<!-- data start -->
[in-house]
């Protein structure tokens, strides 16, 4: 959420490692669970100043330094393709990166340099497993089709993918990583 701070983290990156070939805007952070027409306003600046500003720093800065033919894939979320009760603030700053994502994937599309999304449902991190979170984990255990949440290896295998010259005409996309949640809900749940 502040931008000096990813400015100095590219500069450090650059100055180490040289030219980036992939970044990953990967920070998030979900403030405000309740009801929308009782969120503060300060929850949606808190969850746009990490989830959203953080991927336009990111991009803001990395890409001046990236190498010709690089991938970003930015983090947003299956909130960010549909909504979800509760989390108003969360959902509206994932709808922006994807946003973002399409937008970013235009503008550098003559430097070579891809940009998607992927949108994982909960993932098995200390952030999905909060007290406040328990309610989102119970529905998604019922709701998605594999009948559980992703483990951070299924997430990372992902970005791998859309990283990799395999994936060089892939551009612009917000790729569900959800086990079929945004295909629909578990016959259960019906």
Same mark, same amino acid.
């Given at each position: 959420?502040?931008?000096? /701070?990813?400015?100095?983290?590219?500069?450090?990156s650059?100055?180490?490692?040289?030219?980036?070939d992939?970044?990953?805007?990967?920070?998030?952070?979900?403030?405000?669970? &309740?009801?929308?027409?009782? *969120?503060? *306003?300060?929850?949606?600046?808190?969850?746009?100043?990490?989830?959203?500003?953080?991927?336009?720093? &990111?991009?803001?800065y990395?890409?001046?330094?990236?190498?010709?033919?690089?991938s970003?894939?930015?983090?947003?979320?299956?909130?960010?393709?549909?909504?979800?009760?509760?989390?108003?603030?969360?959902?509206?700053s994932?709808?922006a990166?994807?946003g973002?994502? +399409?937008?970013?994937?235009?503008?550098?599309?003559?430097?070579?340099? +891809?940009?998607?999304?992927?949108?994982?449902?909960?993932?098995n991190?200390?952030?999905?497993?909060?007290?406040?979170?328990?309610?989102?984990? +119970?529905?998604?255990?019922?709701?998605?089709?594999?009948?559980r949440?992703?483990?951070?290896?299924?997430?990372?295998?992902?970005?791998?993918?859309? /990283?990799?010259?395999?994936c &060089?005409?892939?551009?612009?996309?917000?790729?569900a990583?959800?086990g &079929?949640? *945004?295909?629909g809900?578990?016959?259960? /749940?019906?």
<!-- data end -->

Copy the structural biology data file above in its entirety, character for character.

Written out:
[in-house]
């Protein structure tokens, strides 16, 4: 959420490692669970100043330094393709990166340099497993089709993918990583 701070983290990156070939805007952070027409306003600046500003720093800065033919894939979320009760603030700053994502994937599309999304449902991190979170984990255990949440290896295998010259005409996309949640809900749940 502040931008000096990813400015100095590219500069450090650059100055180490040289030219980036992939970044990953990967920070998030979900403030405000309740009801929308009782969120503060300060929850949606808190969850746009990490989830959203953080991927336009990111991009803001990395890409001046990236190498010709690089991938970003930015983090947003299956909130960010549909909504979800509760989390108003969360959902509206994932709808922006994807946003973002399409937008970013235009503008550098003559430097070579891809940009998607992927949108994982909960993932098995200390952030999905909060007290406040328990309610989102119970529905998604019922709701998605594999009948559980992703483990951070299924997430990372992902970005791998859309990283990799395999994936060089892939551009612009917000790729569900959800086990079929945004295909629909578990016959259960019906």
Same mark, same amino acid.
């Given at each position: 959420?502040?931008?000096? /701070?990813?400015?100095?983290?590219?500069?450090?990156s650059?100055?180490?490692?040289?030219?980036?070939d992939?970044?990953?805007?990967?920070?998030?952070?979900?403030?405000?669970? &309740?009801?929308?027409?009782? *969120?503060? *306003?300060?929850?949606?600046?808190?969850?746009?100043?990490?989830?959203?500003?953080?991927?336009?720093? &990111?991009?803001?800065y990395?890409?001046?330094?990236?190498?010709?033919?690089?991938s970003?894939?930015?983090?947003?979320?299956?909130?960010?393709?549909?909504?979800?009760?509760?989390?108003?603030?969360?959902?509206?700053s994932?709808?922006a990166?994807?946003g973002?994502? +399409?937008?970013?994937?235009?503008?550098?599309?003559?430097?070579?340099? +891809?940009?998607?999304?992927?949108?994982?449902?909960?993932?098995n991190?200390?952030?999905?497993?909060?007290?406040?979170?328990?309610?989102?984990? +119970?529905?998604?255990?019922?709701?998605?089709?594999?009948?559980r949440?992703?483990?951070?290896?299924?997430?990372?295998?992902?970005?791998?993918?859309? /990283?990799?010259?395999?994936c &060089?005409?892939?551009?612009?996309?917000?790729?569900a990583?959800?086990g &079929?949640? *945004?295909?629909g809900?578990?016959?259960? /749940?019906?």